By Lucy Jordan, Senior Contributing Reporter
BRASÍLIA, BRAZIL – The Supremo Tribunal Federal (Supreme Court, STF) released an Amazon rancher Regivaldo Galvão, sometimes known as “Taradao,” who was found guilty by a jury and sentenced to thirty years of prison in May 2010 for his involvement in the February 2005 death of Sister Dorothy Stang, a nun and rainforest activist in Anapu, Pará.
Galvão is currently appealing against the conviction, and Minister Marco Aurélio Mello of the STF decided that he should maintain his freedom until the final appeal is heard.
“I am innocent and have nothing to do with this crime,” Galvao told the press. “The decision of the Minister of the Supreme Court restores justice and gives me the opportunity to continue fighting to prove what I’m saying.”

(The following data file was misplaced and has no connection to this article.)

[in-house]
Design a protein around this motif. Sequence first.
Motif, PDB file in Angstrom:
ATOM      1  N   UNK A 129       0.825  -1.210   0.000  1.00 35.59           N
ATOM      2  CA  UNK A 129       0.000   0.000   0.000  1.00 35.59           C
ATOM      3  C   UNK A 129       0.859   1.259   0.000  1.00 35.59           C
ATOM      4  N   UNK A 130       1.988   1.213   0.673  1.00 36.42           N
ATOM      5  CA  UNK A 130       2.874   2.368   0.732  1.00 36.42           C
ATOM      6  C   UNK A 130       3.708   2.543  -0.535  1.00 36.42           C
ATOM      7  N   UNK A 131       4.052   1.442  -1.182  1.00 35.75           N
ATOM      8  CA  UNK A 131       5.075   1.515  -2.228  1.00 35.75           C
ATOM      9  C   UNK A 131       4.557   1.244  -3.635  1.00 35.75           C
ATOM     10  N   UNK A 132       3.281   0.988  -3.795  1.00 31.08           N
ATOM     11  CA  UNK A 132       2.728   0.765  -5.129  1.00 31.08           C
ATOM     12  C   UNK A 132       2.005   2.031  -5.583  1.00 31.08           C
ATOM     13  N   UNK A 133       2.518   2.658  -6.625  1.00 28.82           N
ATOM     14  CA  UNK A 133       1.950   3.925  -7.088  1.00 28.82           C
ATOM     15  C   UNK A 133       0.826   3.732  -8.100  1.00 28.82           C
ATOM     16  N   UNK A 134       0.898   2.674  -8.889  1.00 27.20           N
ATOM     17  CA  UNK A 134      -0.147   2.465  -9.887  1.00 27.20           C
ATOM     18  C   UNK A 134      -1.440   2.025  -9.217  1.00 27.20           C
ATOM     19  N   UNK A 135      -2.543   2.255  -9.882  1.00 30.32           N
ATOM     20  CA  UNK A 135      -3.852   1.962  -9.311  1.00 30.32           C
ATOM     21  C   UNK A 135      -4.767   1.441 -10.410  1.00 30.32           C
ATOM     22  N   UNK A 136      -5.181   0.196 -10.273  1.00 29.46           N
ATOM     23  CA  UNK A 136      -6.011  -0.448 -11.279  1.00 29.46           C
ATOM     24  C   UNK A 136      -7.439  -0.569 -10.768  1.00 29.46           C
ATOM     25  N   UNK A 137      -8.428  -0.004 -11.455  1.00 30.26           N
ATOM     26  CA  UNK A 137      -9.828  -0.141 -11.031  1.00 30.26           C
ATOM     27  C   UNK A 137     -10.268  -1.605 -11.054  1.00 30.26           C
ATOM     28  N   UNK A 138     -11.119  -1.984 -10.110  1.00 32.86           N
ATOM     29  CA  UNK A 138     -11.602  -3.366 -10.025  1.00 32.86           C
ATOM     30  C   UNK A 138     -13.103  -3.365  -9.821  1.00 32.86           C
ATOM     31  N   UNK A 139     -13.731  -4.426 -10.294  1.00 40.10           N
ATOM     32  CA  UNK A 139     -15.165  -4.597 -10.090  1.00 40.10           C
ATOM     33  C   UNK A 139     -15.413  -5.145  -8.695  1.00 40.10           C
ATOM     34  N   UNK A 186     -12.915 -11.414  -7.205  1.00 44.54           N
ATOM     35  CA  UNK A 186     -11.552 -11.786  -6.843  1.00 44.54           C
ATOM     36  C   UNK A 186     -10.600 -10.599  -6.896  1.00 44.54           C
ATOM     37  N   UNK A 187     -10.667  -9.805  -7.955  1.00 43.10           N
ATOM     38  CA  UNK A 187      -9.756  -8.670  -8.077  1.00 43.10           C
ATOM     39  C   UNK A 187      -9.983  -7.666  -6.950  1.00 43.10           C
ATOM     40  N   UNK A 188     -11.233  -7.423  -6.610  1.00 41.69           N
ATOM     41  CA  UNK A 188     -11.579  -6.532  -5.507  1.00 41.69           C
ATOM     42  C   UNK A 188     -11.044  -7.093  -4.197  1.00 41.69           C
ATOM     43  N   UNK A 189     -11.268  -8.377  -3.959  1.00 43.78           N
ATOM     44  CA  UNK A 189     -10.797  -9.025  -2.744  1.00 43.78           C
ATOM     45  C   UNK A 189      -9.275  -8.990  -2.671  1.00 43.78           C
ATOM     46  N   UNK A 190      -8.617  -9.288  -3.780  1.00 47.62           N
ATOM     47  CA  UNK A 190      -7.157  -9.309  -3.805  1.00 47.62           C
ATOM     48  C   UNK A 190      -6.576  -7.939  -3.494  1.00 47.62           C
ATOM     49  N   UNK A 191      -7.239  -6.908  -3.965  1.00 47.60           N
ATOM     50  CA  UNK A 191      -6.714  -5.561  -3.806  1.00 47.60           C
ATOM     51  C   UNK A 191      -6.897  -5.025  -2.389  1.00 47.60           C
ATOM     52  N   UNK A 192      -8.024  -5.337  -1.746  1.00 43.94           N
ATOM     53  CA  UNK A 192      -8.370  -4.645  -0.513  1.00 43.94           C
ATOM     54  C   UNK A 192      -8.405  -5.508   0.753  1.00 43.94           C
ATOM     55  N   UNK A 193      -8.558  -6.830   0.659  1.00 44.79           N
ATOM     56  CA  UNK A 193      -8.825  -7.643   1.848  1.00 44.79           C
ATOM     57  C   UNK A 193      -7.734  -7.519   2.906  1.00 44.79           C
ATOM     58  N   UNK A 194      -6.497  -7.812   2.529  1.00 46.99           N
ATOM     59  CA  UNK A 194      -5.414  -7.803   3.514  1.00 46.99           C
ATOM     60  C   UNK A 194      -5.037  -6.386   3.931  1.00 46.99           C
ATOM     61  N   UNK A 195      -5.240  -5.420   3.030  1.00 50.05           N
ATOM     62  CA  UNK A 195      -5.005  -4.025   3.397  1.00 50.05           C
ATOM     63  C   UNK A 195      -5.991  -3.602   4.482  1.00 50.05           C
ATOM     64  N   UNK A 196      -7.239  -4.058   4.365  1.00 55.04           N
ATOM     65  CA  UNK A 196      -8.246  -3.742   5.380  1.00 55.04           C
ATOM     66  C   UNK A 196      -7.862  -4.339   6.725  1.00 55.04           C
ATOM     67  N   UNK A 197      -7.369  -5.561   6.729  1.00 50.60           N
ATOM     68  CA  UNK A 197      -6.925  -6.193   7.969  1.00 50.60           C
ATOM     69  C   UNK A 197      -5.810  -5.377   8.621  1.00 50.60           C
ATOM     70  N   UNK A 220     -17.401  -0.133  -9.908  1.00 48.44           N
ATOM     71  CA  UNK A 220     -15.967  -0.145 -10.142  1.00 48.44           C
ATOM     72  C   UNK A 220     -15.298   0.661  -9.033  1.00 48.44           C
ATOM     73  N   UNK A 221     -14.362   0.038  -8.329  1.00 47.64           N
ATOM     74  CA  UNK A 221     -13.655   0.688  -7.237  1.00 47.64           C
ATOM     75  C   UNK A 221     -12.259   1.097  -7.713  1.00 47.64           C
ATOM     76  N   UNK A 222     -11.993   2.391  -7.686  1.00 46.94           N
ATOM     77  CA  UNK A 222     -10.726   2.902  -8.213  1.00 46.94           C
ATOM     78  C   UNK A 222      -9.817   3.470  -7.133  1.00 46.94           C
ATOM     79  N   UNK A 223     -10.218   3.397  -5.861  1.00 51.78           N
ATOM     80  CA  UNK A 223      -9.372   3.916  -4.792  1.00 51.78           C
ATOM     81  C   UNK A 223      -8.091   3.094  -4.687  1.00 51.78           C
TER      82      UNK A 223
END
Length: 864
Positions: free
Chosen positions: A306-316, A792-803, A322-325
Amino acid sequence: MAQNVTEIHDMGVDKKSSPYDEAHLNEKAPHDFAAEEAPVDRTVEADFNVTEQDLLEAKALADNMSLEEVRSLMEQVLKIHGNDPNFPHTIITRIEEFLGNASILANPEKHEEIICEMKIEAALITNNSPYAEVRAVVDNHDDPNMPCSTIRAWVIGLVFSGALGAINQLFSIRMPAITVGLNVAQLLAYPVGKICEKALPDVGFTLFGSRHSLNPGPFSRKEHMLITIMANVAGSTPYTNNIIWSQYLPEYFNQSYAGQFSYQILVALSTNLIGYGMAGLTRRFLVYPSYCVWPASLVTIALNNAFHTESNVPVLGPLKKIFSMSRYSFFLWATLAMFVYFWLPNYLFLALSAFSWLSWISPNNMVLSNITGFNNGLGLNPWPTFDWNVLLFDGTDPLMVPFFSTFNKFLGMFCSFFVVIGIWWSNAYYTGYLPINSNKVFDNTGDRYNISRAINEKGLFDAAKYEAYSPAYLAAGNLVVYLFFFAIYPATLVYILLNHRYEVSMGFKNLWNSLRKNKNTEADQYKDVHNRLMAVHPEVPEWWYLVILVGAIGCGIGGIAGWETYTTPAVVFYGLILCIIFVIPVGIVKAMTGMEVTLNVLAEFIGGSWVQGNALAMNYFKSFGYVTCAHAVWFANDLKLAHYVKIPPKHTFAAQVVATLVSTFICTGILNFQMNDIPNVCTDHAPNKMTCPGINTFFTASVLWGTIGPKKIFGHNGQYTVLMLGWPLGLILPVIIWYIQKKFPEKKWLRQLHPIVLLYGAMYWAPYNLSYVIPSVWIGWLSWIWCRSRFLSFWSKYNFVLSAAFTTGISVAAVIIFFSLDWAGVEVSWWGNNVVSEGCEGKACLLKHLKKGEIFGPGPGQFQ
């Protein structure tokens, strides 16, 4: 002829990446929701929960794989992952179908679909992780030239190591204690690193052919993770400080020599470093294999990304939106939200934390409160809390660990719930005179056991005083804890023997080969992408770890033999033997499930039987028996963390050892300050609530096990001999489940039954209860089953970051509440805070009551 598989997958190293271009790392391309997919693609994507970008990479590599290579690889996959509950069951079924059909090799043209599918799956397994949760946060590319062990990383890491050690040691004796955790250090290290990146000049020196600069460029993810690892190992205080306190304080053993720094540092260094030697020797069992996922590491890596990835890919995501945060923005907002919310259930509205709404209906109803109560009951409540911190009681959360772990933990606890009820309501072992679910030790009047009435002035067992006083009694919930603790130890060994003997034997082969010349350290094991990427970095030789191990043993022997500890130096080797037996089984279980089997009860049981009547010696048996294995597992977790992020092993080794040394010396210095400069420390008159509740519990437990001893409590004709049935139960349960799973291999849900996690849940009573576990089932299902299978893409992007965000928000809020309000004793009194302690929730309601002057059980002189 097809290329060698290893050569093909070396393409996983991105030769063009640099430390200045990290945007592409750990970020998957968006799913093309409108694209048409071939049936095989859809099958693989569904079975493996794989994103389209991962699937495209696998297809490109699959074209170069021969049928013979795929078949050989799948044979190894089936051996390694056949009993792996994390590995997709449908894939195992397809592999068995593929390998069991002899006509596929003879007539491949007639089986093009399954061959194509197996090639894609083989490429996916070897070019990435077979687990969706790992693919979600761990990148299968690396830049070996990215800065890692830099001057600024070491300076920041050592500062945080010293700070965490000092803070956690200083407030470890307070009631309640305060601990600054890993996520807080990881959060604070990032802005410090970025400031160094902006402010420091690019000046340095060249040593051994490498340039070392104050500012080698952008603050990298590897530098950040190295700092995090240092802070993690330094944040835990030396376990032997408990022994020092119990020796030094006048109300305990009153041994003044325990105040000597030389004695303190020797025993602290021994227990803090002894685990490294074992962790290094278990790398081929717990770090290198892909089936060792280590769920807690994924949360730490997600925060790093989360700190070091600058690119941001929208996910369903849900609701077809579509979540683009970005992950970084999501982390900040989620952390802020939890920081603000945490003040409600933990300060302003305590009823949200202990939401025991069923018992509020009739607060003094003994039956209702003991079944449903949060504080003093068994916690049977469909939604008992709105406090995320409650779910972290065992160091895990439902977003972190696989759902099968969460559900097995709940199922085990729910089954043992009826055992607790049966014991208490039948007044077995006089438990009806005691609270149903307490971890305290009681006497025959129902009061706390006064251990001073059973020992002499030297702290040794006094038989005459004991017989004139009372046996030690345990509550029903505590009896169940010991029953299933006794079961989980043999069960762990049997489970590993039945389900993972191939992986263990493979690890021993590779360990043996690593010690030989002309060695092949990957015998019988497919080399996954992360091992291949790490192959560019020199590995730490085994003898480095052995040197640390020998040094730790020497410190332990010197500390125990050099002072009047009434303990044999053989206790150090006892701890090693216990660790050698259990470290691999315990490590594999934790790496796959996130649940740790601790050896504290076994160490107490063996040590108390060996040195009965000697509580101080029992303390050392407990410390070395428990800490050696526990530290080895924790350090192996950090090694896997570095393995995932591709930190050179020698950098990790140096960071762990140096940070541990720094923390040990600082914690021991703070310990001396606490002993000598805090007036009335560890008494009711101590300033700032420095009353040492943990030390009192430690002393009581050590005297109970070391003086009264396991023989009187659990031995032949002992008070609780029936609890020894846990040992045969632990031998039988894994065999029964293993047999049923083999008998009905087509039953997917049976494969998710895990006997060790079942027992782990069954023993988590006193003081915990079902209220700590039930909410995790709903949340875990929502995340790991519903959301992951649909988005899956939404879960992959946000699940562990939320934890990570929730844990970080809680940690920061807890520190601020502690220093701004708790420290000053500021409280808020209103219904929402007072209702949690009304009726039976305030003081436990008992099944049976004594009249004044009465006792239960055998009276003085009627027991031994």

Prosecutors allege that Sister Stang, a missionary from Dayton, Ohio, was shot because of a land dispute with farmers in the region. Sister Stang had worked for thirty years in the region to try and prevent illegal Amazon deforestation and protect indigenous communities and the rural poor from powerful agricultural interests in Brazil.
Violent land-disputes and the contract killings of environmental activists happen frequently in this particularly lawless area of the Amazon. After a spate of assassinations in 2011, the government declared that Amazonian activists who receive death threats would be protected by the government, and if necessary, would receive protection from the armed forces.
The complaint charged that Rayfran das Neves Sales and Clodoaldo Carlos Batista killed Sister Stang, Agencia Brasil reported. The prosecution said that they acted on behalf of Amair Feijoli da Cunha, Vitalmiro Bastos de Moura and Regivaldo Pereira Galvão, who paid the gunmen R$50 thousand to assassinate Sister Stang. All were convicted.
Read more (in Portuguese).
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